Covid 19 coronavirus: Closing NZ-Melbourne travel bubble right thing to do

Closing New Zealand’s travel bubble with Victoria was the “right thing to do”, an expert says, who adds that it should remain shut for as long as needed.

Victorian authorities have been in talks about imposing lockdown measures with an announcement due late this morning after confirmation yesterday Melbourne now had 15 cases of Covid-19 and more than 70 exposure sites.

While all the cases were linked, authorities were “very concerned” by the growing number of cases and exposure sites given the type of venues involved which include nightclubs, bars and the MCG.

Yesterday Covid-19 Response Minister Chris Hipkins announced a pause on New Zealand’s travel bubble with Victoria effective from 7.59pm [NZ time].

The pause is effective for 72 hours initially but would be under constant review.

“While the [new Melbourne community] case announced [yesterday] is not unexpected as a contact of a case announced [Tuesday], New Zealand officials have assessed that the most cautious option is to pause the travel bubble with Victoria as there are still several unknowns with the outbreak.”

Hipkins said the Government understood the disruption this would cause affected passengers but was still the right move given the state of unknown in Melbourne at the moment.

Professor Michael Plank told the Herald today the Government’s pause on the Victorian bubble was “the right thing to do”.

“It buys us some time to see what happens over the next couple of days in terms of the testing and the number of cases that they find.

“The big concern with these outbreaks where there’s a missing link is that there might be a whole lot of cases that they haven’t found yet.

“Obviously the number of cases itself has grown quite quickly and there’s a lot of exposure sites around Melbourne and into rural Victoria and clearly some quite big crowded venues, and so there’s the risk of super spreader events, so it was definitely the right call to hit pause.”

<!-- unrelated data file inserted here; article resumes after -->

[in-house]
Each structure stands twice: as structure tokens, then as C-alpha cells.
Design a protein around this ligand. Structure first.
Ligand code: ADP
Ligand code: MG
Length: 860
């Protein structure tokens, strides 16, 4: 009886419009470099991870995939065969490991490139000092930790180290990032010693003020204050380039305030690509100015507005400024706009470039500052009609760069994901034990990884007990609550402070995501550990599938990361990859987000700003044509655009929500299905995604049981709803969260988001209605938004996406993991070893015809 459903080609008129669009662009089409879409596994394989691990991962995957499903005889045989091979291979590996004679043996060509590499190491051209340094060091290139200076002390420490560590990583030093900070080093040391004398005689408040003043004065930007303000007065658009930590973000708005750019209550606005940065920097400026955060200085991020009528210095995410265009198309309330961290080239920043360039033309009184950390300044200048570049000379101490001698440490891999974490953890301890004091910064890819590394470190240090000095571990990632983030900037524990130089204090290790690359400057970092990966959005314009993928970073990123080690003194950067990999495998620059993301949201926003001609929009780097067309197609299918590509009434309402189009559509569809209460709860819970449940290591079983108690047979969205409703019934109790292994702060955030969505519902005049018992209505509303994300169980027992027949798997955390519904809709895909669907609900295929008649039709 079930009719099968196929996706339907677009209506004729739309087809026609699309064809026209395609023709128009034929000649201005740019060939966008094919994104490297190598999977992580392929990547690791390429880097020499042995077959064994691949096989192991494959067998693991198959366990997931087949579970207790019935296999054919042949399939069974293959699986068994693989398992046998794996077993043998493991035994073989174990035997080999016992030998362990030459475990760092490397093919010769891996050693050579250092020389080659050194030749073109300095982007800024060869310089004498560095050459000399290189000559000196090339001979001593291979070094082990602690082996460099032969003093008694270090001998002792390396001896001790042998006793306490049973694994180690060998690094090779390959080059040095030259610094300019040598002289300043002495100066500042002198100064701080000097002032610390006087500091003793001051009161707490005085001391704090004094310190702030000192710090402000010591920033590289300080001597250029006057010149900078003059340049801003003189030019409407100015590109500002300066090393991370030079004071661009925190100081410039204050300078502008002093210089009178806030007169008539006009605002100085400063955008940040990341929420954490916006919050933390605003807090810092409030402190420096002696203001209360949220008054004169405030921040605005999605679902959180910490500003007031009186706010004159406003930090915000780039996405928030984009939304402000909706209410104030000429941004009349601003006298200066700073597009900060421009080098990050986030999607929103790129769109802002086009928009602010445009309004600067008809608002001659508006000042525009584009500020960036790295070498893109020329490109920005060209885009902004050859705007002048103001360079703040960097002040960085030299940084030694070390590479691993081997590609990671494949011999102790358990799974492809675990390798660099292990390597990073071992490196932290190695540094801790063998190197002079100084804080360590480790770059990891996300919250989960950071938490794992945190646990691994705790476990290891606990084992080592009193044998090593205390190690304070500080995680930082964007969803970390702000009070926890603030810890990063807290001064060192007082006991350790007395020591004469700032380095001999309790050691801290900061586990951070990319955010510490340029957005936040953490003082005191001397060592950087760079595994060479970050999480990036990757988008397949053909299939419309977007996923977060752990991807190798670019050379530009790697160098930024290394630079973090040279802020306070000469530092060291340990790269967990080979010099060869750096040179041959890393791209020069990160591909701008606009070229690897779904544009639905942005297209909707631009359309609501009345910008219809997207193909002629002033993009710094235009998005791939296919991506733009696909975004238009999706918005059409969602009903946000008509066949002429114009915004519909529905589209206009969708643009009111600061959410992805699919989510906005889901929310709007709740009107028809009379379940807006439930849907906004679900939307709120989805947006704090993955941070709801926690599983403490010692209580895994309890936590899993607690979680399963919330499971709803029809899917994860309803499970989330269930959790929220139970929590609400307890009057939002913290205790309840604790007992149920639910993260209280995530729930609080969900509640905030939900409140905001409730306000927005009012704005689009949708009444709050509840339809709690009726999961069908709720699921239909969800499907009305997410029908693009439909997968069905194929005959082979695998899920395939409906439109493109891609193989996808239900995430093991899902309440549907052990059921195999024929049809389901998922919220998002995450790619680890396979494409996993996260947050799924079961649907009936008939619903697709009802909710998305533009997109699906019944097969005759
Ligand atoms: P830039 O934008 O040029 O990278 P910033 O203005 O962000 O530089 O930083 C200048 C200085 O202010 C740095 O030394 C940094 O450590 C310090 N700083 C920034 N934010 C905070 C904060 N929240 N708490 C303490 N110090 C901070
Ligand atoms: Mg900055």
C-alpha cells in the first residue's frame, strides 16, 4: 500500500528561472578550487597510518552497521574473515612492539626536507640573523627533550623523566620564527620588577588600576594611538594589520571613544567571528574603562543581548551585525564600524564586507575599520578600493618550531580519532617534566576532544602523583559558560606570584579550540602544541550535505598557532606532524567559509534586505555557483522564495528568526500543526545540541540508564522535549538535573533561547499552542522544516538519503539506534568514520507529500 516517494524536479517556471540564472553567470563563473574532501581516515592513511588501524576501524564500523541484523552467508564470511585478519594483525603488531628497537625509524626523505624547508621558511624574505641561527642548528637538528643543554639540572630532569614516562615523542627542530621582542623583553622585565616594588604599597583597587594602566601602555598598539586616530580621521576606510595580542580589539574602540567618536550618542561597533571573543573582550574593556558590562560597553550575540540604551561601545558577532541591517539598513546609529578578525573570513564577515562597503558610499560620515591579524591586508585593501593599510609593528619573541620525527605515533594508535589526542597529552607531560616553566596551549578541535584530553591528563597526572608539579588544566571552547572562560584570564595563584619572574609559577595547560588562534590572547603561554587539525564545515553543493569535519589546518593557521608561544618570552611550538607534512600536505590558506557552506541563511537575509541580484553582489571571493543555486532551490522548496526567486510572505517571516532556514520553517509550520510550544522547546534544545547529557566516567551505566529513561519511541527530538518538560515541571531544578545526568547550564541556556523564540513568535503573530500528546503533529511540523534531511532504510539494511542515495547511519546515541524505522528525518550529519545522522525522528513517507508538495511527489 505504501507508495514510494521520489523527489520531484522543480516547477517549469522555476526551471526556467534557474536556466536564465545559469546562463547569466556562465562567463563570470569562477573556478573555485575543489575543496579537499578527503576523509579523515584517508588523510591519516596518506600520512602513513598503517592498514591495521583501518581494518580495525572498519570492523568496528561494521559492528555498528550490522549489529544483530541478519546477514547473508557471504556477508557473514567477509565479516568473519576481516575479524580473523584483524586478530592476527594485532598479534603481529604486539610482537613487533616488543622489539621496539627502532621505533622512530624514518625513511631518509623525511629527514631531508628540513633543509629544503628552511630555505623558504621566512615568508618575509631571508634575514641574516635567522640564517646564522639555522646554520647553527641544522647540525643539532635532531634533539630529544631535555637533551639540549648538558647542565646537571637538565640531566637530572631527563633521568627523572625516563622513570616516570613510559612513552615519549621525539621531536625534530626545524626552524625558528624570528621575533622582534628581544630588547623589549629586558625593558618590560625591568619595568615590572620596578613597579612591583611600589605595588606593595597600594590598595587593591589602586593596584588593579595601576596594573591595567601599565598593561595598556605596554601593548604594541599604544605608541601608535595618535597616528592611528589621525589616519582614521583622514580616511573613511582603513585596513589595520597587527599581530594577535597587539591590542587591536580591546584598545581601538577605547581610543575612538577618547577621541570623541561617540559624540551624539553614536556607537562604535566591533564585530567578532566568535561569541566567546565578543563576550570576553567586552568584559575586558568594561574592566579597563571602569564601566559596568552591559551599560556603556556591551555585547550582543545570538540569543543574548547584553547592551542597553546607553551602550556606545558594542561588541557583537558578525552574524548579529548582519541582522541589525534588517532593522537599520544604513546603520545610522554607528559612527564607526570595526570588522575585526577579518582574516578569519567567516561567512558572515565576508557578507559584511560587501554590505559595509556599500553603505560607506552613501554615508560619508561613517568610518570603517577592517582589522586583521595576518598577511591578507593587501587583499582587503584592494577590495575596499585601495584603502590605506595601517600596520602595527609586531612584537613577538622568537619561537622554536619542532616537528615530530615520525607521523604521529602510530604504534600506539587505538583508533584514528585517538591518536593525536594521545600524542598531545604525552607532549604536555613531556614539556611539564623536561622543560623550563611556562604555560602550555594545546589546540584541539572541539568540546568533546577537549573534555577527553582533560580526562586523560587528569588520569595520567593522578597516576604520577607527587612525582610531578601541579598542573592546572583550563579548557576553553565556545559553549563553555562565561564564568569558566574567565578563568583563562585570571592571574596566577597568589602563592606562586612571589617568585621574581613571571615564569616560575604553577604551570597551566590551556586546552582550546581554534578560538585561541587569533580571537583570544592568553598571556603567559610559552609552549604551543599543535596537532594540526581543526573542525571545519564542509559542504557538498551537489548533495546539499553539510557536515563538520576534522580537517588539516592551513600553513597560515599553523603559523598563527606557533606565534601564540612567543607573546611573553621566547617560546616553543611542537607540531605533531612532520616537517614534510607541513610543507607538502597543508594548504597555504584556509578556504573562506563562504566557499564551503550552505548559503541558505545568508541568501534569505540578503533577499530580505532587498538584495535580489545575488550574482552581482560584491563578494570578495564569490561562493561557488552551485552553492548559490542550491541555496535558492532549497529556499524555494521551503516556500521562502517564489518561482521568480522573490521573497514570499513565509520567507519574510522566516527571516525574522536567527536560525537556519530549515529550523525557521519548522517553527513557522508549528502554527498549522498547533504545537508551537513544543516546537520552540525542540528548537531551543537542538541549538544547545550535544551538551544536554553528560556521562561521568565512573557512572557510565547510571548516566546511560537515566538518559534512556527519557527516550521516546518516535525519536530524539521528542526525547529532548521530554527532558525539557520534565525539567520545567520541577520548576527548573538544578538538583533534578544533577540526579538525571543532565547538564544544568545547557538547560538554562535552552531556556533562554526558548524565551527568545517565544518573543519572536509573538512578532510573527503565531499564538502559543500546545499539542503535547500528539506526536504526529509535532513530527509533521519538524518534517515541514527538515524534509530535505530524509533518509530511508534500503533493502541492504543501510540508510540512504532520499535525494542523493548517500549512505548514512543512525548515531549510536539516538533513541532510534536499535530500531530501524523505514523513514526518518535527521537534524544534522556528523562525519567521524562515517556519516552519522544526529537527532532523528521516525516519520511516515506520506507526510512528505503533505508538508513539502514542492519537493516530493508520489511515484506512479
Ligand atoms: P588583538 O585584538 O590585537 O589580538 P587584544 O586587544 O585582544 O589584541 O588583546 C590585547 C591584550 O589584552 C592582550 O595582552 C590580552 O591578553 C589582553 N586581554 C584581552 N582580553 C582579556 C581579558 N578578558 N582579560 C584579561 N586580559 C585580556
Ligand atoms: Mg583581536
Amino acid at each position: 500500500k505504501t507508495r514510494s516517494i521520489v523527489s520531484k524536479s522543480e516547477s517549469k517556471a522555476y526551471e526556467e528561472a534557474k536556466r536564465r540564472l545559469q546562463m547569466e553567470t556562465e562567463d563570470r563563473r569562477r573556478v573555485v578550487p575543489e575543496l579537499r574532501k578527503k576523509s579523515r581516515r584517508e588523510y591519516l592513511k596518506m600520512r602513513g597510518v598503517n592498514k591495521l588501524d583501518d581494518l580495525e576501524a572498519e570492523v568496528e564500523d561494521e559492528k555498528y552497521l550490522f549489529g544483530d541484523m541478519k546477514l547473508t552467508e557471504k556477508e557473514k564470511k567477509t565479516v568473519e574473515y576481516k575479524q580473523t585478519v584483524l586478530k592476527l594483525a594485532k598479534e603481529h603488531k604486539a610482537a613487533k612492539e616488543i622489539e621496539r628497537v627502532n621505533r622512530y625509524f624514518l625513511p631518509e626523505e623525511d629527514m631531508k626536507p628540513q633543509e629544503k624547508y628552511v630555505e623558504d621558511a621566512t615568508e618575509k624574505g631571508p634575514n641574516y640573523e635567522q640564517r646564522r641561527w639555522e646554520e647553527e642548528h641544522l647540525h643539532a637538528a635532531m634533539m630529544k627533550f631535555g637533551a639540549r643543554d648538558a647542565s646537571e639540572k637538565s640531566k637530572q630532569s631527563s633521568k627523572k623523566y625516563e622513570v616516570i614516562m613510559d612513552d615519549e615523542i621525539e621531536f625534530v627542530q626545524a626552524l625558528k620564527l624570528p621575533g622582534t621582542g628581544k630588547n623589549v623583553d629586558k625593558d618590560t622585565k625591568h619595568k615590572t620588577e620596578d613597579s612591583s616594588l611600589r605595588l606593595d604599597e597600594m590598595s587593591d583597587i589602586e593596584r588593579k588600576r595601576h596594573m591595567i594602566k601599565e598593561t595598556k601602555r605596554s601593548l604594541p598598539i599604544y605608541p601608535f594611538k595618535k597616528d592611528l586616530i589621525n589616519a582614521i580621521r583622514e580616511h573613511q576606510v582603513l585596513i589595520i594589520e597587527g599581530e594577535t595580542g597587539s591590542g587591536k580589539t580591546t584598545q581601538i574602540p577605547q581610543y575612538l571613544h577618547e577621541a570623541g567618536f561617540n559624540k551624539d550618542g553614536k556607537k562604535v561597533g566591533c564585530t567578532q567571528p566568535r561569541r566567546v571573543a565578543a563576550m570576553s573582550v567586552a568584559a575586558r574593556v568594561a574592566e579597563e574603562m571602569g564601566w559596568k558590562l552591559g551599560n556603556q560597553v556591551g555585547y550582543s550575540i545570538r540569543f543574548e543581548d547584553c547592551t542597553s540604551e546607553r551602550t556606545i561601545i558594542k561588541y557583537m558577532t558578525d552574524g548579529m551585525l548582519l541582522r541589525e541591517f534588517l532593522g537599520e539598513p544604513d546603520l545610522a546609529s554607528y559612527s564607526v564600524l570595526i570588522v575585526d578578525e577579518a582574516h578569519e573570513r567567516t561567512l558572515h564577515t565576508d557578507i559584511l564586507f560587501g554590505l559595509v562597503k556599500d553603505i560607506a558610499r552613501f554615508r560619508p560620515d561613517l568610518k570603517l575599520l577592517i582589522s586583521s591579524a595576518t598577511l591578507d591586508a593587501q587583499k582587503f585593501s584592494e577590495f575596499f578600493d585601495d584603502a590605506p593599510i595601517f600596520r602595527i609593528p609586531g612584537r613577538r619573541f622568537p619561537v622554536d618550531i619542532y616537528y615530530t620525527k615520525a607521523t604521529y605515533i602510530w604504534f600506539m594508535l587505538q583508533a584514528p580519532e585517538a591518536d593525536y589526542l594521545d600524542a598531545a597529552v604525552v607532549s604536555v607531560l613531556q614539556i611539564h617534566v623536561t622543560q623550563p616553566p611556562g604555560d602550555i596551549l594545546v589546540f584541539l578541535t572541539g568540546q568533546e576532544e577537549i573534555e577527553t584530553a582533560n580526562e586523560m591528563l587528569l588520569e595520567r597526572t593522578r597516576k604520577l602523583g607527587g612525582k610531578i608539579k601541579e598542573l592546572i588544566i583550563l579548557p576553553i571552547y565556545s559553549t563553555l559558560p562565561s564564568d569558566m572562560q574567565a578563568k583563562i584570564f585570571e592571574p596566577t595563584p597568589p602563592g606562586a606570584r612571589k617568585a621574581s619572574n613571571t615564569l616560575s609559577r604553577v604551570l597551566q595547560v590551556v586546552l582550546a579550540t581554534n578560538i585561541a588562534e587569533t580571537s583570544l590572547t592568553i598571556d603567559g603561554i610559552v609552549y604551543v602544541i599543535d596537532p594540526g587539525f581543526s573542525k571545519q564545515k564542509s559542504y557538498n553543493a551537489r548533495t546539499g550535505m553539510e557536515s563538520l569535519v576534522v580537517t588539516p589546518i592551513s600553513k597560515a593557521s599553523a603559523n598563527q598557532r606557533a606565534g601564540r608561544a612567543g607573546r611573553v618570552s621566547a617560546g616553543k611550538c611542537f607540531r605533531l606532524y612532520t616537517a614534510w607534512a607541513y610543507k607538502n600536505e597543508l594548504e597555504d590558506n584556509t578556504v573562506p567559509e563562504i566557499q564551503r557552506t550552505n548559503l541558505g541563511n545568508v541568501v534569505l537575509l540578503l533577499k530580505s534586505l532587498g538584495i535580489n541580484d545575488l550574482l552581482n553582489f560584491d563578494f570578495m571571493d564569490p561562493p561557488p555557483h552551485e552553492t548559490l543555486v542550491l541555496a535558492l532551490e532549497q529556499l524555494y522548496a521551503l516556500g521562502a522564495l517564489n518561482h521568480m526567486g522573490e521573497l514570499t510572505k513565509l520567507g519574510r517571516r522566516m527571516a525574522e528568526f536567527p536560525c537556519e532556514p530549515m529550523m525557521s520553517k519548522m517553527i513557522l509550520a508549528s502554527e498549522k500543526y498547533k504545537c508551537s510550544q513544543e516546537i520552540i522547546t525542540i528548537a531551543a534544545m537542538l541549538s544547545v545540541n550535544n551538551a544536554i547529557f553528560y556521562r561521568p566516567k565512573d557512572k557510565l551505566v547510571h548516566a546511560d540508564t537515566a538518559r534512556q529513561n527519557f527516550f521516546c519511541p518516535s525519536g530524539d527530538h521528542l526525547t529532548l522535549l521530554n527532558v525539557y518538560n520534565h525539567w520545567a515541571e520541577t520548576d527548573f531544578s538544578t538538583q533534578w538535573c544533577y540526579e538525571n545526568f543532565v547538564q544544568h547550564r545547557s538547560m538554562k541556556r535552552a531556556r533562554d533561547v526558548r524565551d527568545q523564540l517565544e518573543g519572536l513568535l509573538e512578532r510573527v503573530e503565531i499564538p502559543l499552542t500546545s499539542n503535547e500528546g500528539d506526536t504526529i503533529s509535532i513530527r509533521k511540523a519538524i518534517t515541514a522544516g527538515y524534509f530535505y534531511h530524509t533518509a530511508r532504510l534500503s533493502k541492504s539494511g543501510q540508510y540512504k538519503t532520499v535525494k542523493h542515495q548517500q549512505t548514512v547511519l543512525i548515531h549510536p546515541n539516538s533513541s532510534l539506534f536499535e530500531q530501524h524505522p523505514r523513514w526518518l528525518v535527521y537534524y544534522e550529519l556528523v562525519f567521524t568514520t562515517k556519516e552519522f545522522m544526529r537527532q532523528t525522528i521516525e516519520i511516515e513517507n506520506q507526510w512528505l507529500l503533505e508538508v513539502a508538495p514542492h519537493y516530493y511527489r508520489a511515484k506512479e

Plank said Kiwis taking up the travel bubble opportunity to Australia were warned of the risks by the Government, and he hoped people affected had contingencies in place.

“This is what the Government has always been clear about, is that this can happen and that people need to have contingency arrangements.

“Hopefully they will be able to get it contained, if not within the next couple of days, but in the next week or so, so we really just have to wait and see.”

The ever-expanding exposure sites had seen not only New Zealand put its bubble on hold but other Australian states.

“With more than 70 exposure sites now, that’s obviously quite a lot. Other states are imposing travel restrictions on Victoria and travelling from Victoria so it’s not just New Zealand but other Australian states.

“Certainly people who have been to those exposure sites, are typically not allowed to travel to some other states.”

Plank said it would be wise for New Zealand to keep the travel bubble closed until the outbreak had been contained.


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